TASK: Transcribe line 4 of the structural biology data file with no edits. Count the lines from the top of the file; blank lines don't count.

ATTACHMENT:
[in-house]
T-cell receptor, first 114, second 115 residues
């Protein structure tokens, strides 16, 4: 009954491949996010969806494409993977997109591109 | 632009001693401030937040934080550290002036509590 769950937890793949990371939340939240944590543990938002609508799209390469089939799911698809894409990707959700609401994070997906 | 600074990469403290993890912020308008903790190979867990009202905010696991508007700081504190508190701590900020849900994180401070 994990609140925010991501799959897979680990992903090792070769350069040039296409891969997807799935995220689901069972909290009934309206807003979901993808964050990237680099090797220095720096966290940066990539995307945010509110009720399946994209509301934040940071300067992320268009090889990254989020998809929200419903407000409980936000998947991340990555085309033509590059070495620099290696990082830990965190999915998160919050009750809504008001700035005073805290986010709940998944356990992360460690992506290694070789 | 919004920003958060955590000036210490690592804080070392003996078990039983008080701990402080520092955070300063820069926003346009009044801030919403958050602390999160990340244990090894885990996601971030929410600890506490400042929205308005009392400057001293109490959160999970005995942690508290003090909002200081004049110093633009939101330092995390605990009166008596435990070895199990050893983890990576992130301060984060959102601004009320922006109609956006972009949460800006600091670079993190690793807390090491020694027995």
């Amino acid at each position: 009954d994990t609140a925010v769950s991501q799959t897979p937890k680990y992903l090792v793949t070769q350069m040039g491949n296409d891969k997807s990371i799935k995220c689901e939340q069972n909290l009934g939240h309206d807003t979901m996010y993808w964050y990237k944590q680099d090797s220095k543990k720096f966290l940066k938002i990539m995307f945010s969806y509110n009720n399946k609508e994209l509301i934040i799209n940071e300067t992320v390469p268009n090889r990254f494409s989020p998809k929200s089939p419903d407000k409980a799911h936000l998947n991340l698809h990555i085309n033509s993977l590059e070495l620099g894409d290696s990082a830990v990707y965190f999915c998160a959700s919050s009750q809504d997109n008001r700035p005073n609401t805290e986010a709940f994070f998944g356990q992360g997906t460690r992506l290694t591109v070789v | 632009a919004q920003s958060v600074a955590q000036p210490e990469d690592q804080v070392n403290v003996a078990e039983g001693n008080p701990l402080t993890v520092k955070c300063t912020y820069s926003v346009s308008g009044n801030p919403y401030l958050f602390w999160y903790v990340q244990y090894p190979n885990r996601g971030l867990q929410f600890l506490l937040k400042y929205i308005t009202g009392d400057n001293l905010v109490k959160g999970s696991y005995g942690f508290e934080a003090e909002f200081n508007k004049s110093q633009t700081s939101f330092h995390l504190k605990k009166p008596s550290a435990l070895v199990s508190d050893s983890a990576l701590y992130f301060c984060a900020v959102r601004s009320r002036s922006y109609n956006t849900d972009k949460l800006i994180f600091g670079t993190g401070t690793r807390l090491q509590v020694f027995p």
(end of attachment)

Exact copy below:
């Amino acid at each position: 009954d994990t609140a925010v769950s991501q799959t897979p937890k680990y992903l090792v793949t070769q350069m040039g491949n296409d891969k997807s990371i799935k995220c689901e939340q069972n909290l009934g939240h309206d807003t979901m996010y993808w964050y990237k944590q680099d090797s220095k543990k720096f966290l940066k938002i990539m995307f945010s969806y509110n009720n399946k609508e994209l509301i934040i799209n940071e300067t992320v390469p268009n090889r990254f494409s989020p998809k929200s089939p419903d407000k409980a799911h936000l998947n991340l698809h990555i085309n033509s993977l590059e070495l620099g894409d290696s990082a830990v990707y965190f999915c998160a959700s919050s009750q809504d997109n008001r700035p005073n609401t805290e986010a709940f994070f998944g356990q992360g997906t460690r992506l290694t591109v070789v | 632009a919004q920003s958060v600074a955590q000036p210490e990469d690592q804080v070392n403290v003996a078990e039983g001693n008080p701990l402080t993890v520092k955070c300063t912020y820069s926003v346009s308008g009044n801030p919403y401030l958050f602390w999160y903790v990340q244990y090894p190979n885990r996601g971030l867990q929410f600890l506490l937040k400042y929205i308005t009202g009392d400057n001293l905010v109490k959160g999970s696991y005995g942690f508290e934080a003090e909002f200081n508007k004049s110093q633009t700081s939101f330092h995390l504190k605990k009166p008596s550290a435990l070895v199990s508190d050893s983890a990576l701590y992130f301060c984060a900020v959102r601004s009320r002036s922006y109609n956006t849900d972009k949460l800006i994180f600091g670079t993190g401070t690793r807390l090491q509590v020694f027995p």